In similar fashion to Leonardo da Vinci’s Salvatore Mundi’s painting, a long-lost oil on canvas attributed to Caravaggio resurfaced in 2014 in Toulouse, France.
Paris-based expert in Old Masters, Eric Turquin affirms that it’s a real painting by the controversial Italian painter and provided more details on how it was found. “This is the greatest painting I’ve ever found,” said Turquin. “It’s very violent. It’s almost unbearable. But he’s an artist who embodies the text — he makes the text living. The work had been lying against a wall of an attic among the farmhouse owner’s old clothes, family antiques and crockery.”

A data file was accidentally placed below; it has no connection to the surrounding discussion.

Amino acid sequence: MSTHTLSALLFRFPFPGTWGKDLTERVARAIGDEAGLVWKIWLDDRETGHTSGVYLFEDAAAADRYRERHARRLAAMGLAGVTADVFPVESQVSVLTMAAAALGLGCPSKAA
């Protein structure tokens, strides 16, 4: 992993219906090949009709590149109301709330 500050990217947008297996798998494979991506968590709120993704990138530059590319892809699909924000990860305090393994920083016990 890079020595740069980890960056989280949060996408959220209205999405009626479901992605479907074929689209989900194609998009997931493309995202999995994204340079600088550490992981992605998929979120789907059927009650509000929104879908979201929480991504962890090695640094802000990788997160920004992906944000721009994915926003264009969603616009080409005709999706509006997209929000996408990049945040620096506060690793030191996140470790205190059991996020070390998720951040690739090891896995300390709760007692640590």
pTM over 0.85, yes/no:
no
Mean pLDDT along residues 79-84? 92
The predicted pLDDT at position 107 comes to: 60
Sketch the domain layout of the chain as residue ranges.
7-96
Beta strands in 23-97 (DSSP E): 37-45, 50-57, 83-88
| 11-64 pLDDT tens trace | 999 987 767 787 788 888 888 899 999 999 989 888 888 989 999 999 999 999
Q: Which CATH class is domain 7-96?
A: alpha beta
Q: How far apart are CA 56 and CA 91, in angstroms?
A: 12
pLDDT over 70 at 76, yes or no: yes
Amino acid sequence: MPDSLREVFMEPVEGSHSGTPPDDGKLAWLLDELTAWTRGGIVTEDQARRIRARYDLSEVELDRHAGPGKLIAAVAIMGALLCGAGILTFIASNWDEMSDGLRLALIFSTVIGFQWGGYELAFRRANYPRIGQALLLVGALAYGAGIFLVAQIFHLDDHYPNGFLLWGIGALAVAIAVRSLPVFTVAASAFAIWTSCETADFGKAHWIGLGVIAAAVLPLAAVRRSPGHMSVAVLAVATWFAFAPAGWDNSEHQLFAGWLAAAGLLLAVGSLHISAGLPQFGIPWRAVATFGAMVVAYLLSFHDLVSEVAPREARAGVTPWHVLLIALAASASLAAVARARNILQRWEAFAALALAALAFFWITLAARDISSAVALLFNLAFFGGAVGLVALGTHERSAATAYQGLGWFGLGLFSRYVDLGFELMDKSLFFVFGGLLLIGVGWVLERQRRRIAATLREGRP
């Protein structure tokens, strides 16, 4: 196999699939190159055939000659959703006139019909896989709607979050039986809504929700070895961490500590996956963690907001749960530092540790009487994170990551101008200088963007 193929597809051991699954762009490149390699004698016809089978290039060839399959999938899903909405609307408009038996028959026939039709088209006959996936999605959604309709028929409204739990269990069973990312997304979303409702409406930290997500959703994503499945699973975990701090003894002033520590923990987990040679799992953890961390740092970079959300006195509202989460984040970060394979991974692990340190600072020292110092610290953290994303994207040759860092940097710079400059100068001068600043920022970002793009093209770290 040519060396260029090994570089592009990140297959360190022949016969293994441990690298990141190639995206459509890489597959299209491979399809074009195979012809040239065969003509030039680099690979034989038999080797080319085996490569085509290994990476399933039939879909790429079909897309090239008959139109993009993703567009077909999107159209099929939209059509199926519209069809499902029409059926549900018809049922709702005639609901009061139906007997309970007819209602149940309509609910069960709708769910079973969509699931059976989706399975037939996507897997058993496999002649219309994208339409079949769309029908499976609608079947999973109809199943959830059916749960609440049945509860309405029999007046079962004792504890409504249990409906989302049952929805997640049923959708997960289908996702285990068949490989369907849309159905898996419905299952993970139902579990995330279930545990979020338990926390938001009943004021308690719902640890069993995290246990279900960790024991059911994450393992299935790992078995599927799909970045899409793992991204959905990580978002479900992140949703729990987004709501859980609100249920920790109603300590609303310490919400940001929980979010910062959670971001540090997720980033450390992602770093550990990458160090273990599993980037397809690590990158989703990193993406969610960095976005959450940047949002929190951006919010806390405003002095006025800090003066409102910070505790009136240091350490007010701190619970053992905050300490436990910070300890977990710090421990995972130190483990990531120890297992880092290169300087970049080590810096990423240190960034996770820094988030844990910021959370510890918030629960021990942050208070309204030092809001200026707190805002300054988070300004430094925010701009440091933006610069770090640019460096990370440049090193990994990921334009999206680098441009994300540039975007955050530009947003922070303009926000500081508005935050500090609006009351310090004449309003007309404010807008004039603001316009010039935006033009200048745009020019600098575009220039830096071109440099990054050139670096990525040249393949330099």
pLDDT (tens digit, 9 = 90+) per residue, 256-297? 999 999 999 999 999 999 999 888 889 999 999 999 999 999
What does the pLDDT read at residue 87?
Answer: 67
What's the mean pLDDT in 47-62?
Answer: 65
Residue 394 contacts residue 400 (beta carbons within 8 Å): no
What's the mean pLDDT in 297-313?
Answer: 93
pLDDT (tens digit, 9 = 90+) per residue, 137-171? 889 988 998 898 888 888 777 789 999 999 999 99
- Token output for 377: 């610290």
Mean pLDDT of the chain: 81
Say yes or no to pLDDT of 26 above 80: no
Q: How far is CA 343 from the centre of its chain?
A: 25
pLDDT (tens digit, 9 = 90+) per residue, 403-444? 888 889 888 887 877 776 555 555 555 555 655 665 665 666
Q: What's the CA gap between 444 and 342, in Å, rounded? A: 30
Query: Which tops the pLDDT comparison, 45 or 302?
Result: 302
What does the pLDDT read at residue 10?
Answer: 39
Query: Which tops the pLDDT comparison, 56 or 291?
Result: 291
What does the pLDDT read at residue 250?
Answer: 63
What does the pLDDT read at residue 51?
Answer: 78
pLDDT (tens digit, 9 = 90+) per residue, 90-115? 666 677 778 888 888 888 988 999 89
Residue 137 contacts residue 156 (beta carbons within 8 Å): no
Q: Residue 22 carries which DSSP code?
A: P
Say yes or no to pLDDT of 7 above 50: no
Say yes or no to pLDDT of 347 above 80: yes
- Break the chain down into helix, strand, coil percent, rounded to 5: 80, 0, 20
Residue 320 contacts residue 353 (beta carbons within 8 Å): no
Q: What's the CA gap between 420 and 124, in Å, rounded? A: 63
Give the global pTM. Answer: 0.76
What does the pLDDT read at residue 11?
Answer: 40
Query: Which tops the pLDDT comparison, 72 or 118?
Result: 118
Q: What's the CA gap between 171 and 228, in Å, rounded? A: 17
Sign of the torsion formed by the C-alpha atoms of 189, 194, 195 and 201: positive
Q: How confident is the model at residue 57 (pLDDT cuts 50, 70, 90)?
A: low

Thieves who broke into the space a few years earlier than its discovery, left the painting behind as they daubed it “inadequate and worthless”, said auctioneer Marc Labarbe who found the work in the first place before calling Turquin for an expertise.
The second version of Judith Beheading Holofernes (circa 1607), as it is titled, is on view in London at Colnaghi until 9th March before being auctioned on 27 June at the Grains Hall of Toulouse. It could fetch around £100m.